“Hawai‘i’s most valuable asset is its ecosystem,” the nonprofit says in its “3 C’s.” “We all have a responsibility to protect it.”

It also doesn’t just plant the trees and walk away.

Every tree the nonprofit plants is geotagged so it can keep track of survival rates. The Hawaiian Legacy Reforestation Initiative is the only reforestation project in the state that can account for every single tree it’s planted.

A lone koa tree with no branches. (Photo courtesy of the Hawaiian Legacy Reforestation Initiative)

As part of its newest community, Ka‘ulu by Gentry in Kalaleo, O‘ahu, Gentry Homes is partnering with O‘ahu nonprofit Mālama Learning Center. Again, it will donate $100 for every home built and sold in the community, which will be used to plant native trees on the Waianae Mountain Range on O‘ahu.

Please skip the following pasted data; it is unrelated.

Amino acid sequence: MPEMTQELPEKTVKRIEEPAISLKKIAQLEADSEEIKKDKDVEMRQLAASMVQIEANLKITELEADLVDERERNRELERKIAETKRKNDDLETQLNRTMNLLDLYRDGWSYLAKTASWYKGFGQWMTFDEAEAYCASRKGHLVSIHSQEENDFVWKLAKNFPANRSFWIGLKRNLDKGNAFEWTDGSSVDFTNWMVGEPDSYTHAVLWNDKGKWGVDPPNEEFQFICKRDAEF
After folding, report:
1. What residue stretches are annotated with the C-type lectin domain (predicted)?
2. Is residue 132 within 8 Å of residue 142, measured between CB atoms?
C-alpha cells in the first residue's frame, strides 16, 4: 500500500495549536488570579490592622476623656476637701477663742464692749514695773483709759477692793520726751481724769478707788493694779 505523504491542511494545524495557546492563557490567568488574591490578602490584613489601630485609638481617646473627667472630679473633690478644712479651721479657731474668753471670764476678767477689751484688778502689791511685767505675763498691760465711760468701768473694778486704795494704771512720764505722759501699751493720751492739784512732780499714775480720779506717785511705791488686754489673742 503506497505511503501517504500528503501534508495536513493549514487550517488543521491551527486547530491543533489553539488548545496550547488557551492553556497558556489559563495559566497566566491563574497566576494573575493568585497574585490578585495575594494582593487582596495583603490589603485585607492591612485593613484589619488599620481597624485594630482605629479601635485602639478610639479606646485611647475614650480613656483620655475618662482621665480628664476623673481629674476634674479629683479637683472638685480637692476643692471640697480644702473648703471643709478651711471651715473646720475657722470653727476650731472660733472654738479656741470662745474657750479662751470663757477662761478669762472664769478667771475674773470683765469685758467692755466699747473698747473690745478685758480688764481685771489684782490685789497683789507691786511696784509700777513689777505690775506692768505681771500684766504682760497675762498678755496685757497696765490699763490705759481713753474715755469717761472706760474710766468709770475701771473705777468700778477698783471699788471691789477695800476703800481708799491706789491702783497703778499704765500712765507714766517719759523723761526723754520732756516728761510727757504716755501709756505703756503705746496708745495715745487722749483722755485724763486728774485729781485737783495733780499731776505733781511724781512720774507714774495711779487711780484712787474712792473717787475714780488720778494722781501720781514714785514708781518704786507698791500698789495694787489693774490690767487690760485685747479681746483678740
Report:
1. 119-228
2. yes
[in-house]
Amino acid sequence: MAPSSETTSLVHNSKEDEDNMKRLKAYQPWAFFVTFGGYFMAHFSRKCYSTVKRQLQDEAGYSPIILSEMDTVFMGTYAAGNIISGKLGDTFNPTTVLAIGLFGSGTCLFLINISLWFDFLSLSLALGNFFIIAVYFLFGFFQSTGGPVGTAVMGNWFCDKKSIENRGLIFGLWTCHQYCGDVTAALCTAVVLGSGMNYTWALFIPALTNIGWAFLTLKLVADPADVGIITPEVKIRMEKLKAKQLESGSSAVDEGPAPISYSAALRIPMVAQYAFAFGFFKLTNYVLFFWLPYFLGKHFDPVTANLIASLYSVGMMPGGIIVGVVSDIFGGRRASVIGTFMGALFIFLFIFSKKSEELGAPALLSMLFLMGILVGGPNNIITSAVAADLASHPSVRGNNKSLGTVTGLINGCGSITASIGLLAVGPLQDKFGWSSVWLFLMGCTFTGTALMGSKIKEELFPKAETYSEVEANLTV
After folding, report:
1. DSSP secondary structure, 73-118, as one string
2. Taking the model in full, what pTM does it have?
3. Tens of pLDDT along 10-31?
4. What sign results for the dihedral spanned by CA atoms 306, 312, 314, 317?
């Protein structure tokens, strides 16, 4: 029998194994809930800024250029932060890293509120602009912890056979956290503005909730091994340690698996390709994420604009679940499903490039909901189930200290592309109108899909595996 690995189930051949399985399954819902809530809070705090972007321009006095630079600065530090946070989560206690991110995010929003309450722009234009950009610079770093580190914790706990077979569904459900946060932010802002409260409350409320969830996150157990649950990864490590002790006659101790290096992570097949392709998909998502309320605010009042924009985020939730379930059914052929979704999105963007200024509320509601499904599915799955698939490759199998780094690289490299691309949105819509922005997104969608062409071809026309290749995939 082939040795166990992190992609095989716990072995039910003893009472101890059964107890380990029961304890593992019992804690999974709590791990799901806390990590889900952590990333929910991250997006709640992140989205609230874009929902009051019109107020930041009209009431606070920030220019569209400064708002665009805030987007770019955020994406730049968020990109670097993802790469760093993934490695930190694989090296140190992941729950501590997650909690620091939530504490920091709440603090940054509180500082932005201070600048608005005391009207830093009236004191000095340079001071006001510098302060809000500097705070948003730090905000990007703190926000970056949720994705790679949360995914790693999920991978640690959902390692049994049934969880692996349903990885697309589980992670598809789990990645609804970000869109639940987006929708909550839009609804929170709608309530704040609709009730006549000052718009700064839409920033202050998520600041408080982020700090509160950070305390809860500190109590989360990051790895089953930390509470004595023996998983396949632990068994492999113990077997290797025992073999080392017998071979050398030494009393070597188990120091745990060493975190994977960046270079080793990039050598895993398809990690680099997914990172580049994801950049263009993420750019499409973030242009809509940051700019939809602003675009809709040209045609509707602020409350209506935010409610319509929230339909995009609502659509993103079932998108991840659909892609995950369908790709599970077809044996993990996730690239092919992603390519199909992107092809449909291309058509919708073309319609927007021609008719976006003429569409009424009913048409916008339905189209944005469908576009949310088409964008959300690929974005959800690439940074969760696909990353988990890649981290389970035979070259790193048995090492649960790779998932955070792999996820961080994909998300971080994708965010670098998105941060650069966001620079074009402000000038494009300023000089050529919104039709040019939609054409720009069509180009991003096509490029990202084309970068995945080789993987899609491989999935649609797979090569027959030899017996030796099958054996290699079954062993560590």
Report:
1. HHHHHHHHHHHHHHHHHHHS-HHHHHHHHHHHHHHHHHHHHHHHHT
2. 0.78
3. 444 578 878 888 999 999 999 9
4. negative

It’s hoped that the reforestation effort will one day transform the barren mountains and arid West O‘ahu region into a more verdant landscape.

Mālama Learning Center plans to start planting trees this summer.

Hobson said Gentry’s partnerships with the Hawaiian Legacy Reforestation Initiative and Mālama Learning Center complement the homebuilder’s vision to build quality homes and communities for a better Hawai‘i.

It also contributes to the missions of Earth Day, which is Monday; Arbor Day, which is Friday; and Native Hawaiian Plant Month being observed this month.

“It is the pono [right] thing to give back and to ensure our forests will be there for the next generations,” Hobson said.

Gentry Homes CEO Quentin Machida with Mark and Norman Gentry, two of the homebuilder’s founder Thomas Gentry’s five children, plant a koa tree during a recent event in Kalaeloa, O‘ahu, by O‘ahu nonprofit Mālama Learning Center. (Courtesy photo)
Nathan Christophel
Nathan Christophel is a full-time reporter with Pacific Media Group. He has more than 25 years of experience in journalism as a reporter, copy editor and page designer. He previously worked at the Hawaii Tribune-Herald in Hilo. Nathan can be reached at